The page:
“What Assad Wants in Syria: Unsanctioned International Military Action” – Brookings Institution – By Salman Shaikh. Excerpt: “The Middle East region has seen too much international military intervention that does not advance the principles of legality, justice, and the promotion of human rights. Now is the time for the international community to act collectively according to such principles. In Syria, it has the ultimate responsibility to protect civilians and to save lives by preventing the most egregious mass violations of human rights in Homs and other towns and cities. Indeed, it is precisely by following these principles that the international community distinguishes itself from the Assad regime.”.“Advantages of a Syrian War” – The National Interest – By Morton Abramowitz. Abramowitx advocates for waging war in Syria for the purpose of strategic gains over Iran. Excerpt: “Iran likely believes this kind of an American-led attack on Syria will not happen. An attack on Syria, however, could constitute a truly defining moment for the much bigger Iranian nuclear issue. Tehran would find it highly difficult to intervene directly in Syria and would face a humiliating loss and greater isolation in the region. It would be a huge political shock with possibly vast internal repercussions.”.“Syria’s Crisis and the Future of R2P” – Foreign Policy – By Zack Beauchamp. Excerpt: “As the brutal crackdown in Syria turns one year old with little sign of a solution on the horizon, skeptics and defenders of invoking the Responsibility to Protect (R2P) doctrine can agree: Syria has put the doctrine, which obligates states to be concerned about the welfare of those outside its borders, in crisis.”
by News Sources on March 22, 2012
Tony Karon writes: The Kofi Annan peace plan unanimously endorsed Wednesday by the U.N. Security Council may pose an even greater dilemma for the Syrian opposition than it does for the regime of President Bashar al-Assad. That’s because while it demands a halt to the regime’s military operations against opposition strongholds, it also retreats from the previous insistence by Western and Arab countries — and the Syrian opposition — that Assad immediately step down and hand power to a unity government as the starting point of a political solution to the year-long uprising. Instead, the Security Council statement calls for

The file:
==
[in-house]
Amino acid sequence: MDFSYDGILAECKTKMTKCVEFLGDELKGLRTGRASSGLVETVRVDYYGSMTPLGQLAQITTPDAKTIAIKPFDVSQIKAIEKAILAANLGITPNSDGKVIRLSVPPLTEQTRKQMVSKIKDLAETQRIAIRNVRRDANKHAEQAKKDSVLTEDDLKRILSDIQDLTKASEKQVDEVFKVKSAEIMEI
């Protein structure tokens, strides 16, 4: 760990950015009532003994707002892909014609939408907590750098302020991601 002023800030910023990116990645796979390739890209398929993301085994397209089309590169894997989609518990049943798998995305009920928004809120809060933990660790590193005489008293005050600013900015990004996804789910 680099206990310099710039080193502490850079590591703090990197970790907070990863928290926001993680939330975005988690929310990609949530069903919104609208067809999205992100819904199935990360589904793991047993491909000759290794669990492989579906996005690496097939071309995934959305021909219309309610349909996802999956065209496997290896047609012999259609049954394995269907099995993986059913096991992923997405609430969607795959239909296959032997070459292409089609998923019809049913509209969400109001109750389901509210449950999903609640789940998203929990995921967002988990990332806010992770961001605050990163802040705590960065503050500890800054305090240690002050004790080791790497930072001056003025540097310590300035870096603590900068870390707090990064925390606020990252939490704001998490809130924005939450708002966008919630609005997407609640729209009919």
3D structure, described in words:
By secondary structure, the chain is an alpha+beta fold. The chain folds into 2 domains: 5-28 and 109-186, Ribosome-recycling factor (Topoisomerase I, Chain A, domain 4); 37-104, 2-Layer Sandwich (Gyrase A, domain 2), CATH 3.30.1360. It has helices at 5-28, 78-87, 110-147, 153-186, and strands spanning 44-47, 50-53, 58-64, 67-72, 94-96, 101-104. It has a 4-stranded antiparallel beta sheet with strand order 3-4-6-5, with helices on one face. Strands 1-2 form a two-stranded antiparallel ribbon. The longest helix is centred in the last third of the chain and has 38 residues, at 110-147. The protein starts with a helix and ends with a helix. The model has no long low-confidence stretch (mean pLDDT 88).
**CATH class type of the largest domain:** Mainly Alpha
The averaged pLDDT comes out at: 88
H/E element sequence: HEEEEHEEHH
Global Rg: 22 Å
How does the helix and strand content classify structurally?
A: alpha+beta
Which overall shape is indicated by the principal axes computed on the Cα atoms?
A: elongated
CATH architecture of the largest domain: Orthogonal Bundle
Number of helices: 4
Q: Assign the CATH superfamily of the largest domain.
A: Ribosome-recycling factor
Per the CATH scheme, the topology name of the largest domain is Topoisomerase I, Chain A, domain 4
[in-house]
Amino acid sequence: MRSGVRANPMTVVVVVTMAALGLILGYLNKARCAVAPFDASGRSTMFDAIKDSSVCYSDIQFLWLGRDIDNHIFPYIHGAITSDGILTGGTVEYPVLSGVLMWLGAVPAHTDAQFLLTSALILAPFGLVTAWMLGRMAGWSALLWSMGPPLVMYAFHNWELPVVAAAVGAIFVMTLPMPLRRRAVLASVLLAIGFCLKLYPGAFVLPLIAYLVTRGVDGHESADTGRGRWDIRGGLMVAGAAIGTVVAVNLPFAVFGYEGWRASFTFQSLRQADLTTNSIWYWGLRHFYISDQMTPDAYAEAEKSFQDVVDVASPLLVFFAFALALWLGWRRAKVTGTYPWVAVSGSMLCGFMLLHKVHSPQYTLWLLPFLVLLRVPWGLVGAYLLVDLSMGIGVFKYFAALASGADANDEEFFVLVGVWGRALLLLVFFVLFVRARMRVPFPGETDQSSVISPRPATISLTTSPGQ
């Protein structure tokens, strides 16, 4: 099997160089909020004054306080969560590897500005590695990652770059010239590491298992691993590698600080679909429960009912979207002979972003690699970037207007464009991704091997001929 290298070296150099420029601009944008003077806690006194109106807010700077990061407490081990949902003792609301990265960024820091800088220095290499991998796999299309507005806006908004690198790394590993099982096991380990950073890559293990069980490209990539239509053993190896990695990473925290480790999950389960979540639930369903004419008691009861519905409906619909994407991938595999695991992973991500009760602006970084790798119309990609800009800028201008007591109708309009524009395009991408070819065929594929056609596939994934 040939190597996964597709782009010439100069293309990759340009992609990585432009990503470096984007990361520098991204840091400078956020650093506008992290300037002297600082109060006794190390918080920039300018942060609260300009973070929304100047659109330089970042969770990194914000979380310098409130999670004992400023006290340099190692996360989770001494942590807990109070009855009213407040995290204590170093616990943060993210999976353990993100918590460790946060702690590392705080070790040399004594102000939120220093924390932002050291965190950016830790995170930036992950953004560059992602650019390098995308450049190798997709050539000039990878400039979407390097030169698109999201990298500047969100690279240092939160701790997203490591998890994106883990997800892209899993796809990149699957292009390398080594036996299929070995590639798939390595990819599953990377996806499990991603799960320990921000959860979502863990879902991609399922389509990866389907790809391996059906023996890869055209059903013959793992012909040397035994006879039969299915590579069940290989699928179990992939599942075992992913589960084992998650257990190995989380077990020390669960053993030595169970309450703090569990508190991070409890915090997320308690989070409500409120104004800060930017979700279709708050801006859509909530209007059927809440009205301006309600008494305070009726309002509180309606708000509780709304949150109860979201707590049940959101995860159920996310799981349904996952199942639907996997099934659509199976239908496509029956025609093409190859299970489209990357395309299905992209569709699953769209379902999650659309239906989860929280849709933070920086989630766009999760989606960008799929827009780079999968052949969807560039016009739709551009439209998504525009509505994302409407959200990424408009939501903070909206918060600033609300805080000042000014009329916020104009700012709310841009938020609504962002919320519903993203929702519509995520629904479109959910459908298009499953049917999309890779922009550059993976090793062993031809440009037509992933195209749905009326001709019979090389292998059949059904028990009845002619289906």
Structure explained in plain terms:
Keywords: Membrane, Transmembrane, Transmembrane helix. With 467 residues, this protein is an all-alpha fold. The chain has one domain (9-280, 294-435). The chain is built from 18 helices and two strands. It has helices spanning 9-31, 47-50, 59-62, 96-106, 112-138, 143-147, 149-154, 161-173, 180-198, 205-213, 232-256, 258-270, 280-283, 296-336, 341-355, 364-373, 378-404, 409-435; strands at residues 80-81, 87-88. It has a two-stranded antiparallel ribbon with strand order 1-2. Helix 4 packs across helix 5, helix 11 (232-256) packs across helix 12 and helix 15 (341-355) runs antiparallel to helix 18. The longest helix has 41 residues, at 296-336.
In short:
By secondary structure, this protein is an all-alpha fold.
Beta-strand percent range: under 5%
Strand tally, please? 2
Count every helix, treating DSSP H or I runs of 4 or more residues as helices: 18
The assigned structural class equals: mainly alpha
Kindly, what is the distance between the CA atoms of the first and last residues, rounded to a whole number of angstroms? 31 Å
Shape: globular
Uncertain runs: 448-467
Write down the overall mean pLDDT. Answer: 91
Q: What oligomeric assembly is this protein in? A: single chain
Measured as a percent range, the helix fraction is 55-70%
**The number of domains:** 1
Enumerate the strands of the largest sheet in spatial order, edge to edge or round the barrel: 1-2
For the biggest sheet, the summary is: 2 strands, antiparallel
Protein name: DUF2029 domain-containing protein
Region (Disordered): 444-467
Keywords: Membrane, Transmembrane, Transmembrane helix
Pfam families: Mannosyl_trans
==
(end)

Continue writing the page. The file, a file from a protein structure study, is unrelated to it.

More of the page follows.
- both the regime’s forces and armed opposition groups to accept a U.N.-supervised cease-fire;
- daily pauses for humanitarian assistance;
- the regime to release prisoners;
- freedom of access for journalists;
- freedom of assembly for peaceful protest; and for
- “the Syrian government and opposition to work in good faith with the Envoy [Annan] towards a peaceful settlement of the Syrian crisis” by engaging “in an inclusive Syrian-led political process to address the legitimate aspirations and concerns of the Syrian people”.
It remains to be seen whether the regime will honor its stated willingness to engage in a political dialogue if the opposition puts down its weapons. It would certainly face massive peaceful protests if it honored Annan’s terms, and it has no intention of ceding power even if it talks of constitutional reform while shelling opposition strongholds. But the Council statement carries considerable weigh by the fact that it was endorsed by Russia and China, which had vetoed previous resolutions precisely because they demanded that Assad step down. The new resolution, and Assad’s mission, appears to reflect an acceptance that he’ll be at the table in any political dialogue to resolve the conflict.
But the demand that the opposition negotiate with the regime on the terms laid down by Annan poses a dilemma for the fractured Syrian rebellion, some of whose leaders are set to convene in Turkey on Thursday and Friday: What is won at the negotiating table typically reflects the balance of power on the ground. And the reality, there, is that the Assad regime has proven far more resilient than its domestic and foreign opponents had assumed it would be.
The lost stars: Why civil wars happen in Syria and Lebanon, March 22, 2012
Malik Al-Abdeh writes: How do we explain the de facto civil war unfolding in Syria today? How do we predict what course it will take? How do we come up with a viable and long-term solution?
A good starting point is to compare Syria with a country that bears a striking resemblance: Lebanon. This may seem surprising because the two countries (and two peoples) appear to be somewhat different.
Women, and particularly minority women, are surprisingly loyal to the Assad regime. The Assad emails leaked to the Guardian and al-Arabiyya demonstrate just how Westernized and “women friendly” the culture at the top has been. The emails showed how much the president preferred to email in English, prefered Western pop music, and liked his assistants young and sexy. It may be a perverse culture that suffers from the “Rose in the Desert” syndrome, but it has its attractions to the young Westernized upper class women of Syria. The president has surrounded himself with women who are well educated, sexy, professional and competent. Doubtlessly, minority women fear that the next president may cultivate a “Black Robe in the Desert” syndrome…..
Allawi cites ‘dictatorship,’ Iranian control in Iraq, By Ben Birnbaum, The Washington Times, Thursday, March 22, 2012
Iraq’s former prime minister says the United States is ignoring an “emerging dictatorship” in his country, telling The Washington Times that Iran is “swallowing” Iraq and dictating its strategic policies. “To be honest, people speak about Arab Spring,” Mr. Allawi said. “What spring is this?